Behind the Build: Interview with William Hearon, Director of Engineering, Murray Company

The smooth flow of information is essential in pretty much any situation, but it becomes a make-or-break factor when working on construction projects. Since there are various stakeholders across multiple project phases, teams must ensure everyone is on the same page for the job to be completed effectively. 

William Hearon, Director of Engineering at Murray Company, knows just how vital it is to properly manage communications and documents when executing projects. Because his role involves coordinating between the engineering department and other stakeholders, William is passionate about streamlining processes and enhancing communication strategies.

In our latest Behind the Build interview, William discusses technology and how it transformed the way his teams collaborate and share information. He also talks about his career journey and his outlook on the future of the construction industry.

Check out what he has to say below. 

Tell me a little bit about Murray Company and what you specialize in.

Murray Company is a full-service specialty contractor that self-performs mechanical, plumbing, industrial, high purity, and civil work. We essentially specialize in anything involving pipes and ducts.

As for my role, I'm part of a group of engineers who help facilitate the design-build or design-assist process. We're a service within the overarching company, and we help facilitate the design and build of a contractual method; this can involve any number of things like assisting with technical questions that may arise through a client's specs or a design-assist approach in which we're performing a constructability review. On occasion, we have to reverse-engineer what other engineers have done and provide feedback and value engineering (VE) opportunities. If there are lessons learned from previous projects, we present our findings to the Engineer of Record (EOR) and shed light on what we've experienced in the past.

Walk me through your career and what led you to becoming Director of Engineering.

I joined Murray Company as a Professional Engineer with my California license. Upon starting at Murray Company, I had initially joined the estimating group where I spent a year learning our processes. After equipping myself with the tools and resources in estimating, I was ready to transition into engineering and then operations.  

From the operations lens, I’ve been able to have a more comprehensive view of the tasks that both men and women in the field execute on a daily basis, which then helps me tailor the systems they install. I have a clearer vision of how these often complex and large systems will be fabricated and ultimately put in place. 

Operations have helped me better understand where additional costs are derived, hence allowing me to better articulate and coordinate the necessary systems and routing. This journey through estimating, operations, and engineering has collectively contributed to my current role with Murray Company. 

What are the biggest challenges you face in your role? How does technology help you overcome those challenges?

With the development of CAD and Revit, we're shortening the design process. That process was once very long; it could take several years before a set of drawings went into the Authority Having Jurisdiction (AHJ), and then the project would go out to bid, after which the contractor would be awarded, and finally, the construction process would begin.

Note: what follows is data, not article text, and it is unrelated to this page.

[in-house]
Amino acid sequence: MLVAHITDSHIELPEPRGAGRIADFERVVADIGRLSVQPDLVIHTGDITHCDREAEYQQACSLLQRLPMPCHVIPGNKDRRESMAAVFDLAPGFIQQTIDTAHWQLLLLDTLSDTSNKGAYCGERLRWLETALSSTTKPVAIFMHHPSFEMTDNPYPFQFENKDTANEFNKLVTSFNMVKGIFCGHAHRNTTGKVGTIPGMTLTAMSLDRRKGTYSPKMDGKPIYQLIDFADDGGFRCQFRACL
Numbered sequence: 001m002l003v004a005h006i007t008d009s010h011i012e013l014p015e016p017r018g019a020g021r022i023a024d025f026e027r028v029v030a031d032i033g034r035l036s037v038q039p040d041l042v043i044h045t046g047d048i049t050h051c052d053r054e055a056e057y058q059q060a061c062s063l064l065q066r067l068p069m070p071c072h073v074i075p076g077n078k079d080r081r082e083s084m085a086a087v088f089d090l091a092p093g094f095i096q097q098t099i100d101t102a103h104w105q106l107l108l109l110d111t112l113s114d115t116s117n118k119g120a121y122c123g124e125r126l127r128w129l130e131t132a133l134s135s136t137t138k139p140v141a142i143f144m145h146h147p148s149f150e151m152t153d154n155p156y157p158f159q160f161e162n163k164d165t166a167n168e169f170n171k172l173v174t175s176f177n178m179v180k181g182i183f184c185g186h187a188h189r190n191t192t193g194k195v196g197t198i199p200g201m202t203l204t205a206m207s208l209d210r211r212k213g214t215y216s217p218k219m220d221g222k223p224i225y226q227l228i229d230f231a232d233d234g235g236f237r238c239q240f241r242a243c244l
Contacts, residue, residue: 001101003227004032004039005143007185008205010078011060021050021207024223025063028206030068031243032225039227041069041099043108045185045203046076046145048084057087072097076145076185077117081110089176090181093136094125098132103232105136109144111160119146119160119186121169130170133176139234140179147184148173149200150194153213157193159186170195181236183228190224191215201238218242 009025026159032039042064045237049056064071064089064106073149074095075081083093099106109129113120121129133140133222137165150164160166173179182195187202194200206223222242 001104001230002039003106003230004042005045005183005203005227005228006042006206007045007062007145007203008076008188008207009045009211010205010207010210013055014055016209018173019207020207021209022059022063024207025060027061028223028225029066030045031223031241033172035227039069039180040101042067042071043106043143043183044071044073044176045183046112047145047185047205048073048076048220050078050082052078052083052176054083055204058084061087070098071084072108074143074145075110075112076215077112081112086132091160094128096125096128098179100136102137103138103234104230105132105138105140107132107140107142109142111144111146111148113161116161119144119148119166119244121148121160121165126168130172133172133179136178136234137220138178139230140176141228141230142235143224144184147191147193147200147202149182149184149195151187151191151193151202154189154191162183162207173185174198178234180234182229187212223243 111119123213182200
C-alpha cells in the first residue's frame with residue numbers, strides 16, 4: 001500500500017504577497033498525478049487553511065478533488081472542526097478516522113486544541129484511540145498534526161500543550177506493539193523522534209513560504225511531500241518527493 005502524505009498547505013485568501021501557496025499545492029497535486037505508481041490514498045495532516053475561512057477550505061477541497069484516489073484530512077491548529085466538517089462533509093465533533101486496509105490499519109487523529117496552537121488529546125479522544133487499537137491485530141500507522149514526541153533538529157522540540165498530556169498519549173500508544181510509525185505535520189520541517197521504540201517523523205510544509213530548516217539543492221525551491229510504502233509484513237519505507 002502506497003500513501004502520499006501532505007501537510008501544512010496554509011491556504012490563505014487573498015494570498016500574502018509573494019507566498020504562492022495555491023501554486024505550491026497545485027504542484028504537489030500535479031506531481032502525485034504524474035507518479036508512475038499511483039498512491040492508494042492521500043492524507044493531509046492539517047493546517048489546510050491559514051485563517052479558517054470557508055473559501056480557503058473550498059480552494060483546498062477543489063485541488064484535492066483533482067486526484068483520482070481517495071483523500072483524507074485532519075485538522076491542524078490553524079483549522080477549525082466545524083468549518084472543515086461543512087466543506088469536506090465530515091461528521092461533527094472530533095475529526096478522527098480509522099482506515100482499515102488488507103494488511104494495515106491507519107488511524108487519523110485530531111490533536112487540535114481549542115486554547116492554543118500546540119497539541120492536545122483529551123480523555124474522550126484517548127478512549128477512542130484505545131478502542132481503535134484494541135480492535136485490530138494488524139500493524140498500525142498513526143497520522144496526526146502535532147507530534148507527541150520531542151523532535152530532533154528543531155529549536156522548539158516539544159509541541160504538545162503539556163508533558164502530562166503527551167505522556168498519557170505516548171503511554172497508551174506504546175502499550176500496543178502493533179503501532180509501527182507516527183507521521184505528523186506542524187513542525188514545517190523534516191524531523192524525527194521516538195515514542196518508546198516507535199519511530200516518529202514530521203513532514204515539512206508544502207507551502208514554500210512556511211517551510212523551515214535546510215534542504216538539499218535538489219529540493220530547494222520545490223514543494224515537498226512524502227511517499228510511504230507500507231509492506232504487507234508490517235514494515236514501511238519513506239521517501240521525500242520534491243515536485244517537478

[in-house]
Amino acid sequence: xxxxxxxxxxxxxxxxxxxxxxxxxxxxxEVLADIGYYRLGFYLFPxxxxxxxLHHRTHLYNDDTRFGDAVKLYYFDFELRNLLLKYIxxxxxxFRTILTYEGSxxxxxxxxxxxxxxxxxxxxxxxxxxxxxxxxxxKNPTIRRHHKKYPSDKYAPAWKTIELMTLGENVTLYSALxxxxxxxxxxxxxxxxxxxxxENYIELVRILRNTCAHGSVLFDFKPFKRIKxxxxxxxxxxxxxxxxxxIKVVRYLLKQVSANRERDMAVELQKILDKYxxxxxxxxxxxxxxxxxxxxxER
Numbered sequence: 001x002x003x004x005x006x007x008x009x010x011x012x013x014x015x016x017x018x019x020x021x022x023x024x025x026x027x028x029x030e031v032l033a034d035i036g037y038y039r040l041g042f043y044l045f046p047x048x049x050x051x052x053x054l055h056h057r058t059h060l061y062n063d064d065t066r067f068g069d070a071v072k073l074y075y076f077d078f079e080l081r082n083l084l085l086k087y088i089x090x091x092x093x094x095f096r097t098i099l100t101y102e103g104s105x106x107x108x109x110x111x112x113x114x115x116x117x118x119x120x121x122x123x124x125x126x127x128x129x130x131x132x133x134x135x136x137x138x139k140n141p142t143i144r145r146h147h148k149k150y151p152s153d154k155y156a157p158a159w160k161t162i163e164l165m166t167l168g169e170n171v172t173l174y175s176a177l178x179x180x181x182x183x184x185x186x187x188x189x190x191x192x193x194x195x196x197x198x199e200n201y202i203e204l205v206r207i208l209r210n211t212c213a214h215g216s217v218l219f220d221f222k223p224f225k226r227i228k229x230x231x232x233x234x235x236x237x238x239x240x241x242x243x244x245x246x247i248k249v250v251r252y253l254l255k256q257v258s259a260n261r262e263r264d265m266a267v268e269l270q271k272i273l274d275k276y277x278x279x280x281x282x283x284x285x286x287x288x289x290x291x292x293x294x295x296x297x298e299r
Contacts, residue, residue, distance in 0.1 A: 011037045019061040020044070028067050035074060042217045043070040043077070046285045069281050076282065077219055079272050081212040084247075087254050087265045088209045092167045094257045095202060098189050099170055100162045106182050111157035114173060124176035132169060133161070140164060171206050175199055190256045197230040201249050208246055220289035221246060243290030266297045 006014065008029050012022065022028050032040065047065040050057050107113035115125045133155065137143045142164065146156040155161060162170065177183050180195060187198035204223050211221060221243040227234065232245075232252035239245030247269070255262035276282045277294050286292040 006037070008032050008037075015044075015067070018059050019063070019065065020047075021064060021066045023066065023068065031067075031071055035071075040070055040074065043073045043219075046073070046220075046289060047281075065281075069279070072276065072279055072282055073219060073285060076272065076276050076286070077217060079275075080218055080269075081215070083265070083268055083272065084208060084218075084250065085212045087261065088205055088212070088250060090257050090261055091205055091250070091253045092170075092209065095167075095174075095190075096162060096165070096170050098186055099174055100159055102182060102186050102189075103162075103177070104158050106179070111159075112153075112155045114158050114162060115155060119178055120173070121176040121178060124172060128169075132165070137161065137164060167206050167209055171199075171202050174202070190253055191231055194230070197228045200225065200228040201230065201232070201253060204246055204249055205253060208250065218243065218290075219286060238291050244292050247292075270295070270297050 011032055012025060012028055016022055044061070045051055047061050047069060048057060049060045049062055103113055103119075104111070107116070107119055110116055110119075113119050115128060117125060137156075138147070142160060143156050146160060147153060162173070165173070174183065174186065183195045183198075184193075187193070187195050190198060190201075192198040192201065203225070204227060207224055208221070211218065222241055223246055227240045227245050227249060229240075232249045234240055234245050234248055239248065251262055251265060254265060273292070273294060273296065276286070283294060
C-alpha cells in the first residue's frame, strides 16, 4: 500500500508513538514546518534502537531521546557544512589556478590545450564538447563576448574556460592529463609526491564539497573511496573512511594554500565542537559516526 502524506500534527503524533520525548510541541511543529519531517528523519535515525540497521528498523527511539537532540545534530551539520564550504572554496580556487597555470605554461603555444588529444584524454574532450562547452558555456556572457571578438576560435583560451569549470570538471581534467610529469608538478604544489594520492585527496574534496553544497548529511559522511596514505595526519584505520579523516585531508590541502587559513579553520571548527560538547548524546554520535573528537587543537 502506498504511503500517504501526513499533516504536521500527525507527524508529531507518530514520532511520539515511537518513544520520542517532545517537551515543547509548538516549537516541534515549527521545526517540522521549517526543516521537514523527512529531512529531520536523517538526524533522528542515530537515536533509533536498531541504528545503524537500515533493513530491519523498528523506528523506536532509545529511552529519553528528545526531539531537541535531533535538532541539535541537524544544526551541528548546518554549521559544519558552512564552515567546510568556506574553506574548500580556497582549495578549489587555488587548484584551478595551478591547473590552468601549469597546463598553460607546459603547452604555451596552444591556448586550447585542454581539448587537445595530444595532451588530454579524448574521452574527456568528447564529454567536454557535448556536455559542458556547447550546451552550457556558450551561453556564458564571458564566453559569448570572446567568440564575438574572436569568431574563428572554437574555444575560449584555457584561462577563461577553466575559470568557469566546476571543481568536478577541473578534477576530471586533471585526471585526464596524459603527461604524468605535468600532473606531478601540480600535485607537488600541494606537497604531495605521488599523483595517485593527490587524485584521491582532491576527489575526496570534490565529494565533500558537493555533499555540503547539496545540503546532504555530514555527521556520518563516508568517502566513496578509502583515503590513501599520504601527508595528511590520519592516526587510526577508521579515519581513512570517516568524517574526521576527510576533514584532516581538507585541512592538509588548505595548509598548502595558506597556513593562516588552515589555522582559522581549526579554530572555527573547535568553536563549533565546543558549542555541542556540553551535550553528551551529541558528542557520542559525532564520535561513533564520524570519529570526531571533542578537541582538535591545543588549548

Now, especially with design-build, the engineering and preconstruction process is drastically reduced, allowing us to commence construction much sooner than a traditional delivery method.   Furthermore, there's a much heavier effort upfront with the evolution of BIM Modeling and Coordination, and Prefabrication. 

Due to the increased speed of the delivery method, seamless handshakes between all the different groups are imperative. Technology has greatly improved our ability to efficiently pass information from one group to the next. Three-ring binders with color-coded tags, for example, are a thing of the past. Important documentation is stored on a cloud, easily and immediately available to all parties.  

If you find yourself wondering, "Why is this room like this?" you have the option to quickly access past drawings & RFIs and have that question answered. Technology has allowed us to look into the past easily and with significantly less paper weight. 

Technology has allowed us to be fully transparent with all information related to a given project or scope of work, eliminating data silos and fostering an environment for document and conversation tracking. 

Autodesk Construction Cloud has played a significant role for Murray Company in that regard. The platform enables us to store and manage pertinent information and tie it together so that everybody can consume it at their own pace. Should someone require a deeper dive into a specific topic, all the tools and information are a few clicks away. 

What were you missing (or what was the biggest weakness) in your previous technology stack that encouraged you to explore Autodesk Construction Cloud?

When BIM 360 came out, we started leveraging that platform to the fullest. We used “Issues” and all the various tools within 360 to assist with communication. 

Take, for example, RFIs. Before, we would receive internal RFIs via email and reply to the RFI via email. The consensus was that we’re literally sitting next to one another, exchanging remarks via email versus simply documenting the changes live. We were so stuck in the traditional construction contractual method that we needed documentation to validate why changes were being made. By pivoting to BIM 360, we were able to document our communication via the platform.